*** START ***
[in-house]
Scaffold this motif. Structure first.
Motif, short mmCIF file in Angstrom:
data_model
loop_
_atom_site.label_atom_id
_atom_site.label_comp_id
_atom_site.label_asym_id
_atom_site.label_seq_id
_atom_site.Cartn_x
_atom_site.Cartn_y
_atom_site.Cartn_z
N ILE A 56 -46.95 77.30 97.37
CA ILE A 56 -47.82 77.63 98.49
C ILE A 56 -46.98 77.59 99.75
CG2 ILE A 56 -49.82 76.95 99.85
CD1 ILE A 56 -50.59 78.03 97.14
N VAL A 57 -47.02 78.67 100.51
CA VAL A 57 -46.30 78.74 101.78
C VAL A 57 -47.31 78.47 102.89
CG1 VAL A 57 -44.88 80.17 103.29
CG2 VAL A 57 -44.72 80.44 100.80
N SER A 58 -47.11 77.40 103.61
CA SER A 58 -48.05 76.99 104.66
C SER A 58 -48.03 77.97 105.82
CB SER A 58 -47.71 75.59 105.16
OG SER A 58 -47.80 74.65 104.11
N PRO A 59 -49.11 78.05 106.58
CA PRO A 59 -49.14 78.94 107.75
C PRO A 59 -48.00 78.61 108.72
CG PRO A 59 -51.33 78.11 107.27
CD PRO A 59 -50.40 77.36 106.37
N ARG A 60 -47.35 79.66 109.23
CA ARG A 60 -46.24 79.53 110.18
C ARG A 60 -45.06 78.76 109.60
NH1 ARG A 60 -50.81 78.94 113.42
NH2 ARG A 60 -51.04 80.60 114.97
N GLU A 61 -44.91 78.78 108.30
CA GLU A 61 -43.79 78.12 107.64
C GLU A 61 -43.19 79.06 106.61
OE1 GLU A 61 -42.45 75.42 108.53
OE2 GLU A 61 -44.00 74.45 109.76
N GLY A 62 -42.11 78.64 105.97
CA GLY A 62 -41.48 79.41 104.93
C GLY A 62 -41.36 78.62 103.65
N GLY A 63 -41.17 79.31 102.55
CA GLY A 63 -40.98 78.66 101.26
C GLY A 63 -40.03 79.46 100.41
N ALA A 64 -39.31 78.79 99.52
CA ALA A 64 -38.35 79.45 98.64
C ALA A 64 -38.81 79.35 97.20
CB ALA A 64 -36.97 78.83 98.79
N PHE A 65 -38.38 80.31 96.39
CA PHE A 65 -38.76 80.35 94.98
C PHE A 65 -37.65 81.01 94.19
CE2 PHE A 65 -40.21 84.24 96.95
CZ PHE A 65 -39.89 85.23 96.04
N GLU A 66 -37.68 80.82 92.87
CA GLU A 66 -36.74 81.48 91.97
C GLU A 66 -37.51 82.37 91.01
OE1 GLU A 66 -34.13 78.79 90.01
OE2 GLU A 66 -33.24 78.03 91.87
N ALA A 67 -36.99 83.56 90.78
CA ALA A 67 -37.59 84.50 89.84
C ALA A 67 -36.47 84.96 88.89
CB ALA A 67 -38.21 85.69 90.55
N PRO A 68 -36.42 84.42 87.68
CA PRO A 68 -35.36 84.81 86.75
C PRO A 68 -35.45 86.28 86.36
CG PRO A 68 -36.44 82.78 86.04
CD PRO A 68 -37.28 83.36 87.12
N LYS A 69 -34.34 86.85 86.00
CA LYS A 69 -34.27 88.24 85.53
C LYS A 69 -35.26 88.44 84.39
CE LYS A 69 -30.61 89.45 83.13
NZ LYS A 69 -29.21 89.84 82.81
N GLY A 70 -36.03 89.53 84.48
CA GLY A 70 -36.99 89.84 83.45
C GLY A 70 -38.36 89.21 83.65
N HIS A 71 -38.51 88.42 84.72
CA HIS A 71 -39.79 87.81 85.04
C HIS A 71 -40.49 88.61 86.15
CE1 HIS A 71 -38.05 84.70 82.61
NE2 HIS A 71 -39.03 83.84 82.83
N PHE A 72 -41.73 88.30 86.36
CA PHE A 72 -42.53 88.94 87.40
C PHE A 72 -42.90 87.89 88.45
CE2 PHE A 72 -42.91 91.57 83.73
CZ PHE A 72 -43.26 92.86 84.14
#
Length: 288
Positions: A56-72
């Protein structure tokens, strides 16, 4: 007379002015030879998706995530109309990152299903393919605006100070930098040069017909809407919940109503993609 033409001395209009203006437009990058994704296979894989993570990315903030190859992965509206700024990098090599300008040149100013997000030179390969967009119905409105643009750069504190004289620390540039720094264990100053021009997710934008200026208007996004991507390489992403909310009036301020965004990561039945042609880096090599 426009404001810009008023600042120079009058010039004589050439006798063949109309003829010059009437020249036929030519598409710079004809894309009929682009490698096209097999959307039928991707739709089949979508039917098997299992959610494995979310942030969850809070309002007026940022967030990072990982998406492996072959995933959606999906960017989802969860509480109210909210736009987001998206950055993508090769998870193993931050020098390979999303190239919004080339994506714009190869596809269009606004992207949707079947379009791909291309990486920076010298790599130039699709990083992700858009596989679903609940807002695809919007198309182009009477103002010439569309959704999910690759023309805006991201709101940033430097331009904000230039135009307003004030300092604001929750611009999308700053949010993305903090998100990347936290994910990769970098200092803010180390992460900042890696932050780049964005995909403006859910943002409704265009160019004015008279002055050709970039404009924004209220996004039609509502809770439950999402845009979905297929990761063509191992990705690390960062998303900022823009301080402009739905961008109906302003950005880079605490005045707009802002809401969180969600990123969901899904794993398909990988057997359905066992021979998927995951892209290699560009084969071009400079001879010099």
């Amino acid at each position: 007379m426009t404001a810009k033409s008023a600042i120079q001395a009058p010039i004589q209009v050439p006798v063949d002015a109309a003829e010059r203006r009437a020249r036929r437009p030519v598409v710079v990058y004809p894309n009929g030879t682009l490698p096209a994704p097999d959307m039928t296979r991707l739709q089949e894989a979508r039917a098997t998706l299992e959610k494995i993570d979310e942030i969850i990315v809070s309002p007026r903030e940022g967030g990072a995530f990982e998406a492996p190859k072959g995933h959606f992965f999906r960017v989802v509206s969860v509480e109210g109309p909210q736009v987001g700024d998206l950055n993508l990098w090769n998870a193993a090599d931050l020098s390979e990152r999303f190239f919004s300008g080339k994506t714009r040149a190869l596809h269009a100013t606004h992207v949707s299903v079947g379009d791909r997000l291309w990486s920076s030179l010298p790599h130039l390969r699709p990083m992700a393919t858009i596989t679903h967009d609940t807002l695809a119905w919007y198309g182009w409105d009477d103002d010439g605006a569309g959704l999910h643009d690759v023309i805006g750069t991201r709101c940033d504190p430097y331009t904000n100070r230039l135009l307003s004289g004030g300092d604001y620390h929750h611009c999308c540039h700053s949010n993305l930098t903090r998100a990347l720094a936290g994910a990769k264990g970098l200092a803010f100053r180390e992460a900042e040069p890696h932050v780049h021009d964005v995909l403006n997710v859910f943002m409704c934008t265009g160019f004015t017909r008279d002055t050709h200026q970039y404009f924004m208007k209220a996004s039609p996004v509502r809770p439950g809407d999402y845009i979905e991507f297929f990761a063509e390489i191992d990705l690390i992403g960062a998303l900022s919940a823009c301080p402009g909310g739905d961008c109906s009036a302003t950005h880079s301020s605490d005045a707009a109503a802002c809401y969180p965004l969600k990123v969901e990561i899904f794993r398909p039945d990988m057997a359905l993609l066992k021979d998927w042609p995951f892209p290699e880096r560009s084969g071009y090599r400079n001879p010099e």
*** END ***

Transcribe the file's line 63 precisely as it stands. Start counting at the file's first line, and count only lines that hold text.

N ALA A 67 -36.99 83.56 90.78